El Chapo proved that a wall will not stop the flow of drugs - Baltimore Post-ExaminerBaltimore Post-Examiner

El Chapo proved that a wall will not stop the flow of drugs

BALTIMORE – Scariest among the reasons President Donald Trump has offered for building his Great Wall along the U.S. southern border is his insistence that it will stop narcotics traffic into America.

I live in a city with an estimated 60,000 drug addicts. This makes Baltimore a mirror image of troubled cities all across America. The only difference is that our addicts, and our overmatched cops, and our self-serving politicians, and our ruined lives, were given  immortalized national persona in the HBO series “The Wire.”

In every community, with the drug traffic comes massive social upheaval. In Baltimore, not only about 300 homicides a year in a city with just over 600,000 remaining inhabitants, but the shadow of drugs and desperation driving as much as 90 percent of all street crime here, large and small.

So the president touches a nerve when he reminds us of the country’s drug problem, and attaches it to the southern border and the Great Wall that he offers the whole nation as protection, to which I will leave you with two words:

El Chapo.

For who else but El Chapo personifies not only our enduring trouble with narcotics but our president’s obsession with the line separating the United States from Mexico? Who else but the recently imprisoned Joaquin Guzman Loera, 61, the Mexican drug lord newly brought to justice?

Finally, this monster’s behind bars, and maybe this time they can keep him there. It took decades to capture (and re-capture) him. It took 11 weeks to lay out his story in court, during which time we learned of multi-million dollar bribes his organization paid to Mexican officials to look the other way.

And we learned something of El Chapo’s reach: testimony of his drugs staining not only the far reaches of America, but far into Columbia, Panama, Canada, Thailand, China – and the effort to capture him involving the FBI, DEA, Homeland Security, the U.S. Coast Guard, local police from half a dozen cities and federal prosecutors from half a dozen more, including Washington, D.C.

And yet, having learned all of this, it still leaves out some of the most relevant testimony from El Chapo’s trial, which relates directly to President Trump and his Great Wall obsession.

El Chapo’s Mexican drugs, we learned, were trafficked into the U.S. via fishing boats, via trains, via helicopters and planes, via tankers and ships, in shoe boxes and chili cans and bananas. Once, authorities seized 16 tons of cocaine – tons! – from a merchant’s vessel.

We learned, also, that El Chapo was first known by a different nickname. He was called El Rapido, for the speed with which he funneled drugs through tunnels under the border.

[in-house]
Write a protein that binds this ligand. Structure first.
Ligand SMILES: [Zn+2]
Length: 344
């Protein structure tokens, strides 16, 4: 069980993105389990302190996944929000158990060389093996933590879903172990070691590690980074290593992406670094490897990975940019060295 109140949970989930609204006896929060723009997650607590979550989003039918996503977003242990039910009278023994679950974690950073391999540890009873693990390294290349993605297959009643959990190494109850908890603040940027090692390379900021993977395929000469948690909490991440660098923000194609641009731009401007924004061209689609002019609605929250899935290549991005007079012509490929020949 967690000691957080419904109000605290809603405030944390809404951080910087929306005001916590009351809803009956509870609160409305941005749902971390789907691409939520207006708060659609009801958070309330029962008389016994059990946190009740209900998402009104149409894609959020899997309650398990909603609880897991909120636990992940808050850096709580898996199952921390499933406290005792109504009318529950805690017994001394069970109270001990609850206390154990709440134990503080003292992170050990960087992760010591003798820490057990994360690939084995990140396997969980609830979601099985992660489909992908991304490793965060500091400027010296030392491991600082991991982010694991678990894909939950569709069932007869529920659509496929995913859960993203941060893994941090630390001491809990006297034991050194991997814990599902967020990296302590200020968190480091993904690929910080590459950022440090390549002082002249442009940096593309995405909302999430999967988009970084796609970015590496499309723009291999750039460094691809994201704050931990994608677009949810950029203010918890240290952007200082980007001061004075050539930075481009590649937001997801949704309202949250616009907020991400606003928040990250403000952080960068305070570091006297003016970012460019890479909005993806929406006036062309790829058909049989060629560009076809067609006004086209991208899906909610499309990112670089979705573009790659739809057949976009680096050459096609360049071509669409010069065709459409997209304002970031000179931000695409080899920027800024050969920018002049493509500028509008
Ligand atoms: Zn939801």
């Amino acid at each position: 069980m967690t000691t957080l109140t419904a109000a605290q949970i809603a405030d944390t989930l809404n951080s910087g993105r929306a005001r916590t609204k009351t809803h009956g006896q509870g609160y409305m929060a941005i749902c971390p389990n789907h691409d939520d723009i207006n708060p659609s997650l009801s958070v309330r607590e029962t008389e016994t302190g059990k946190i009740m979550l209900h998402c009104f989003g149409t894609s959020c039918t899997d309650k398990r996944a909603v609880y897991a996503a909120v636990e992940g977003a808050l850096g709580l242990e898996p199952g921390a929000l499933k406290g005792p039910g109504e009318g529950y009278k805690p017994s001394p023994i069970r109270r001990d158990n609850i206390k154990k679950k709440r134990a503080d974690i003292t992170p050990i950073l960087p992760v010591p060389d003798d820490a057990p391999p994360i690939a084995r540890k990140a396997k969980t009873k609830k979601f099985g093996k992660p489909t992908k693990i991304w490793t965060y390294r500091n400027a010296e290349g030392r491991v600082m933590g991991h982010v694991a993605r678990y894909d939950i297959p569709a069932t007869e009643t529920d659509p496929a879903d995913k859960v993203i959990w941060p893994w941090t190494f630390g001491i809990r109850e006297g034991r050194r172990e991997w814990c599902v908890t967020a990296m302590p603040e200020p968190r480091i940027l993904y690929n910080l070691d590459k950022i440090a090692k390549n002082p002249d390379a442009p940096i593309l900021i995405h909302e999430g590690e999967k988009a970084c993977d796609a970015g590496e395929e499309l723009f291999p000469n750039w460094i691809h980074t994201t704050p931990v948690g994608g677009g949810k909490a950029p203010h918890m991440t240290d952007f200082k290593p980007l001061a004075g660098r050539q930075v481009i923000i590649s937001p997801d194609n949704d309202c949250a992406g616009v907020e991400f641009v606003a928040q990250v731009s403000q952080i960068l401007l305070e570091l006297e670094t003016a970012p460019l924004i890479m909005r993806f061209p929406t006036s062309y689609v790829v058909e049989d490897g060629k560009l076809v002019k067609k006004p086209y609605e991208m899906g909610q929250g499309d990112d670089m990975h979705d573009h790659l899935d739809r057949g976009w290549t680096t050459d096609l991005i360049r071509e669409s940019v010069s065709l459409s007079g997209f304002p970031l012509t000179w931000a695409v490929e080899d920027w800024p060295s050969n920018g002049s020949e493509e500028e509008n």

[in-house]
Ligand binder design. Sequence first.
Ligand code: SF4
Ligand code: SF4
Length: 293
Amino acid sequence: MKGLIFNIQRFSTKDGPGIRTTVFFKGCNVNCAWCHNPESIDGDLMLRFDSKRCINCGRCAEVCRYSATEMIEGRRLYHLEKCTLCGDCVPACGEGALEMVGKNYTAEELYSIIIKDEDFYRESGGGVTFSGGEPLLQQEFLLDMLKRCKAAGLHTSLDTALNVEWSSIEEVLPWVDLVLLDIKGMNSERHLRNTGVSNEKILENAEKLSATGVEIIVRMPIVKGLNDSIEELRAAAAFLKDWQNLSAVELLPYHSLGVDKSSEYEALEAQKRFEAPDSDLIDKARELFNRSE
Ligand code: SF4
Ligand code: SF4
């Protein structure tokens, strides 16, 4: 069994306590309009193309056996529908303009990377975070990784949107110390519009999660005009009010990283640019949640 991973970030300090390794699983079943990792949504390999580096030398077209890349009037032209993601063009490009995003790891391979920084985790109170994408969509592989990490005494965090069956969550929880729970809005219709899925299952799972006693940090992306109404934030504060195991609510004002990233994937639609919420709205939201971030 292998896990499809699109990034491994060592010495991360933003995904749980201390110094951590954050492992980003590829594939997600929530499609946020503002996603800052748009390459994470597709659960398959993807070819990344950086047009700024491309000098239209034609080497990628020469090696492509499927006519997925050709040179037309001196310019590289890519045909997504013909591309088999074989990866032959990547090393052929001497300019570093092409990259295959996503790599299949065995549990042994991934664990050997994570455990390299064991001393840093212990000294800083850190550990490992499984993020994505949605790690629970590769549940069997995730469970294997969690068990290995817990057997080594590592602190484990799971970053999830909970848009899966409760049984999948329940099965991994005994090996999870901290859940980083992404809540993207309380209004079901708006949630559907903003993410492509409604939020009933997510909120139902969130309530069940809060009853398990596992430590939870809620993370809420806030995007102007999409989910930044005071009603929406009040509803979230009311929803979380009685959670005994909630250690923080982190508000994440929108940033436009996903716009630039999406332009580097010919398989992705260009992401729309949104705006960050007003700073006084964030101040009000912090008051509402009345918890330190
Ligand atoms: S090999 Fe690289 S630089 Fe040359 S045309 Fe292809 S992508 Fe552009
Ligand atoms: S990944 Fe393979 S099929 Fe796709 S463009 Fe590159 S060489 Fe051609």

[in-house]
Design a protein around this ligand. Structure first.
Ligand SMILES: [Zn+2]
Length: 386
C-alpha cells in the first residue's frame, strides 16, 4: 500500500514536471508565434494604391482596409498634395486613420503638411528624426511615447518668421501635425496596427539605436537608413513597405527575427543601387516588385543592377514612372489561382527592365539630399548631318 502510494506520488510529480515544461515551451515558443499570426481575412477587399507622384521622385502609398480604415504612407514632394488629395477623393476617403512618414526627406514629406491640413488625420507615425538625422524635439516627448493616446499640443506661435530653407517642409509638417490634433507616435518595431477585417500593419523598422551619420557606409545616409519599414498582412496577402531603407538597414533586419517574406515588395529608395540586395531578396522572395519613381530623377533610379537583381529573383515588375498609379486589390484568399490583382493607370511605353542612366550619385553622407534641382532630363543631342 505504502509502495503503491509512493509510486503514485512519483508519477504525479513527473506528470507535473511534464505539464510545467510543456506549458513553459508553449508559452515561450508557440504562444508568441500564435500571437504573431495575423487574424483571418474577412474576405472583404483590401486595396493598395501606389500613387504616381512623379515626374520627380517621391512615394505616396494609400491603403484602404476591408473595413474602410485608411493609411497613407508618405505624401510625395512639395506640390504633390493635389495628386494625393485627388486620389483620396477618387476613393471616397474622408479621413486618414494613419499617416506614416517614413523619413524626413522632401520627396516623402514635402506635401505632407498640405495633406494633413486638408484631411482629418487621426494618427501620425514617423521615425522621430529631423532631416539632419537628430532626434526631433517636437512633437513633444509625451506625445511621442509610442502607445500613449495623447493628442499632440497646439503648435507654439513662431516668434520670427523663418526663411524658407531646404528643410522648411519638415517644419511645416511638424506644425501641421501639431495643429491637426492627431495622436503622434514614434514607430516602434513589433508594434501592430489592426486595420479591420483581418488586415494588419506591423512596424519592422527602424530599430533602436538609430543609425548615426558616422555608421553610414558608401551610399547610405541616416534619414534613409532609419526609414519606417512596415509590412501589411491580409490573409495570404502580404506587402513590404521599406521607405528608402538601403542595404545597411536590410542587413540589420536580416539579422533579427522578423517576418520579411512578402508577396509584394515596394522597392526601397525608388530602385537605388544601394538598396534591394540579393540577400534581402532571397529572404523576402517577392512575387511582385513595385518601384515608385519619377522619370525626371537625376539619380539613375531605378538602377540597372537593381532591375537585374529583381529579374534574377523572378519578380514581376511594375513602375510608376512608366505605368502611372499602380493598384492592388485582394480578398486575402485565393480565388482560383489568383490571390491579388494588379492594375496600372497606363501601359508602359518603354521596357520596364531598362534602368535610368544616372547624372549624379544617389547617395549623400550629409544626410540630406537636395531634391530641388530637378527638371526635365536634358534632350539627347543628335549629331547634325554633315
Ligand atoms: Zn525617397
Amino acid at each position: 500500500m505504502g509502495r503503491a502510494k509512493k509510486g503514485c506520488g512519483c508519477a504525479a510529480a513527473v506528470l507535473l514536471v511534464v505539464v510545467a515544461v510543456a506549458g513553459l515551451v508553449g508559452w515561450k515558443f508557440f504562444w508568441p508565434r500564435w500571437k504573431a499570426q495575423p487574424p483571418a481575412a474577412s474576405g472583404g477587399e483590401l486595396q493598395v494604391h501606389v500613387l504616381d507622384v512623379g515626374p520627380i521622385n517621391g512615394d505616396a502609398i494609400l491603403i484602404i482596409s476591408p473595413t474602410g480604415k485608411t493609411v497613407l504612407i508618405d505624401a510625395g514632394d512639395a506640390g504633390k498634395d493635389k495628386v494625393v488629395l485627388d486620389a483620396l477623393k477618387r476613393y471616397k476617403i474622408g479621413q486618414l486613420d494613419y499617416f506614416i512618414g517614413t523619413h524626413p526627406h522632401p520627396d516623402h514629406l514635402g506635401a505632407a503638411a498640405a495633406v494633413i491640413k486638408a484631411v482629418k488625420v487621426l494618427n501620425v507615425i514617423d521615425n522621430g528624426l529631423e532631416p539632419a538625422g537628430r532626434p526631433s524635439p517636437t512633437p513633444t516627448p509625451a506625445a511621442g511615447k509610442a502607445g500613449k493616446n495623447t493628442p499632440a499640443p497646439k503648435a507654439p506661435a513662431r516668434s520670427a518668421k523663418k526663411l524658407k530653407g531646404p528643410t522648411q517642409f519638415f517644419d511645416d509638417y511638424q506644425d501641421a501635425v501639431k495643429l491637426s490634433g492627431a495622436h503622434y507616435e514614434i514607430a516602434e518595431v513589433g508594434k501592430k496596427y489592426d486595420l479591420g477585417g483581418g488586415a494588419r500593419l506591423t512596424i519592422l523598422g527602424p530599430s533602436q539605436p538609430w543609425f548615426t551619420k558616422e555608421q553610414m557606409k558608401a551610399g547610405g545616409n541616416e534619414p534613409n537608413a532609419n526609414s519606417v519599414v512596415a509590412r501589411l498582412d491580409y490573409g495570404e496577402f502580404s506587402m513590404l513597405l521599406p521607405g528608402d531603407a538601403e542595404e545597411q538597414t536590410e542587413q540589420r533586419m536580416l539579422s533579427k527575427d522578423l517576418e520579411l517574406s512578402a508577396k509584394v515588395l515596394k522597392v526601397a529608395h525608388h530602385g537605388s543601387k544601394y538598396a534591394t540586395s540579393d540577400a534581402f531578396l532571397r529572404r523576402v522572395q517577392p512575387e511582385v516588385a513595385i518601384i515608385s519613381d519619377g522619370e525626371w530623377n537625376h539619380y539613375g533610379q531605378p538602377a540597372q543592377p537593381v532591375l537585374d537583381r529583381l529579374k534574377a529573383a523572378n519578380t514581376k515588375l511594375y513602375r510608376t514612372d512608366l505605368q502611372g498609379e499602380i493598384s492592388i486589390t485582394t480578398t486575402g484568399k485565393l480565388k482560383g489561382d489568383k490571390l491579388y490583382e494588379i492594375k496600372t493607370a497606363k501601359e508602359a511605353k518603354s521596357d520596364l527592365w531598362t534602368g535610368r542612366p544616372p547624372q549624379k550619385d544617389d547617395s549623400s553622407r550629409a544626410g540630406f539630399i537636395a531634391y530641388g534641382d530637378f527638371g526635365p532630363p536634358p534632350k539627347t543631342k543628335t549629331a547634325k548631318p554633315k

Did you notice that?

Tunnels.

Tunnels and trains, and planes and boats, and helicopters and fishing boats, and none of these avenues closes no matter what kind of a wall Donald Trump erects, nor how high he makes it.

This president is offering America a personal delusion built upon a political necessity which attempts to obscure one of the great lies of Trump’s election – that he would build the wall, and Mexico would pay for it.

The last part has almost been forgotten during the distractions of the recent month-long government shutdown and Trump’s newest definition of a national “emergency,” which he invoked last week to raise funding for his monstrosity.

A little history here: Long ago, 1952, when America was first beginning to realize it had a drug problem, the Baltimore Police Department opened its first drug enforcement unit, headed by one Sgt. Joseph Carroll.

It was composed of three officers. Wonderful, three cops assigned to stop drug traffic in a city that had nearly one million people before drugs and other problems drove one-third of the population away.

And yet, a miracle! Eight months after the unit was formed, a triumphant Sgt. Carroll announced the city’s narcotics traffic was “pretty well under control,” because 39 people had been arrested for drugs. So everybody could now rest easy.

Sgt. Carroll might just as well have built a great wall and said, “This ought to stop the drugs.”

The effect would be about the same.





About the author

Michael Olesker

Michael Olesker, columnist for the News American, Baltimore Sun, and Baltimore Examiner has spent a quarter of a century writing about the city he loves.He is the author of five previous books, including Michael Olesker's Baltimore: If You Live Here, You're Home, Journeys to the Heart of Baltimore, and The Colts' Baltimore: A City and Its Love Affair in the 1950s, all published by Johns Hopkins. Contact the author.
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